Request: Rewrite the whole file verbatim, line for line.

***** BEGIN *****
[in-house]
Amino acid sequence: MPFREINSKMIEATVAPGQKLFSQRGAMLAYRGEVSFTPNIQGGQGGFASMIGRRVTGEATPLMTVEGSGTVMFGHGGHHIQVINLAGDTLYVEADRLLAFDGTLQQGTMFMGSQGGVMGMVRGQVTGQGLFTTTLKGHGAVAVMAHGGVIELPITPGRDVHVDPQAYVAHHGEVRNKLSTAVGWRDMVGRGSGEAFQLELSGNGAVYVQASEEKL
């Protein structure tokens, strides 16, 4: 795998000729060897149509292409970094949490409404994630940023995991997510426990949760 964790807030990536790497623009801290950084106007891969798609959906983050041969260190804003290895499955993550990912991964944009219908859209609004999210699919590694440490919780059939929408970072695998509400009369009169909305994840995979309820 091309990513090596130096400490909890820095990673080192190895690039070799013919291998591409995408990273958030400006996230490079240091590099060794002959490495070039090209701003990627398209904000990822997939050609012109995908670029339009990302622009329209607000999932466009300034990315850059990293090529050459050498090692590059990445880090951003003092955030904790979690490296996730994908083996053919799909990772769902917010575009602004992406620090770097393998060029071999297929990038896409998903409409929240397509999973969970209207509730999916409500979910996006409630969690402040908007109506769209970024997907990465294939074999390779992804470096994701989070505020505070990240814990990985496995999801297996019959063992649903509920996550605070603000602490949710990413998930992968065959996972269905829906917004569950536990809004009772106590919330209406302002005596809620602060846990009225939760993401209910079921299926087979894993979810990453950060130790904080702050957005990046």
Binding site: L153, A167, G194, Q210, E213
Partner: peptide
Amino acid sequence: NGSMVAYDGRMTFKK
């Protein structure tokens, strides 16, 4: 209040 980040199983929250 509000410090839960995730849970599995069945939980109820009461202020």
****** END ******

[in-house]
Amino acid sequence: MPFREINSKMIEATVAPGQKLFSQRGAMLAYRGEVSFTPNIQGGQGGFASMIGRRVTGEATPLMTVEGSGTVMFGHGGHHIQVINLAGDTLYVEADRLLAFDGTLQQGTMFMGSQGGVMGMVRGQVTGQGLFTTTLKGHGAVAVMAHGGVIELPITPGRDVHVDPQAYVAHHGEVRNKLSTAVGWRDMVGRGSGEAFQLELSGNGAVYVQASEEKL
């Protein structure tokens, strides 16, 4: 795998000729060897149509292409970094949490409404994630940023995991997510426990949760 964790807030990536790497623009801290950084106007891969798609959906983050041969260190804003290895499955993550990912991964944009219908859209609004999210699919590694440490919780059939929408970072695998509400009369009169909305994840995979309820 091309990513090596130096400490909890820095990673080192190895690039070799013919291998591409995408990273958030400006996230490079240091590099060794002959490495070039090209701003990627398209904000990822997939050609012109995908670029339009990302622009329209607000999932466009300034990315850059990293090529050459050498090692590059990445880090951003003092955030904790979690490296996730994908083996053919799909990772769902917010575009602004992406620090770097393998060029071999297929990038896409998903409409929240397509999973969970209207509730999916409500979910996006409630969690402040908007109506769209970024997907990465294939074999390779992804470096994701989070505020505070990240814990990985496995999801297996019959063992649903509920996550605070603000602490949710990413998930992968065959996972269905829906917004569950536990809004009772106590919330209406302002005596809620602060846990009225939760993401209910079921299926087979894993979810990453950060130790904080702050957005990046």
Binding site: L153, A167, G194, Q210, E213
Partner: peptide
Amino acid sequence: NGSMVAYDGRMTFKK
């Protein structure tokens, strides 16, 4: 209040 980040199983929250 509000410090839960995730849970599995069945939980109820009461202020």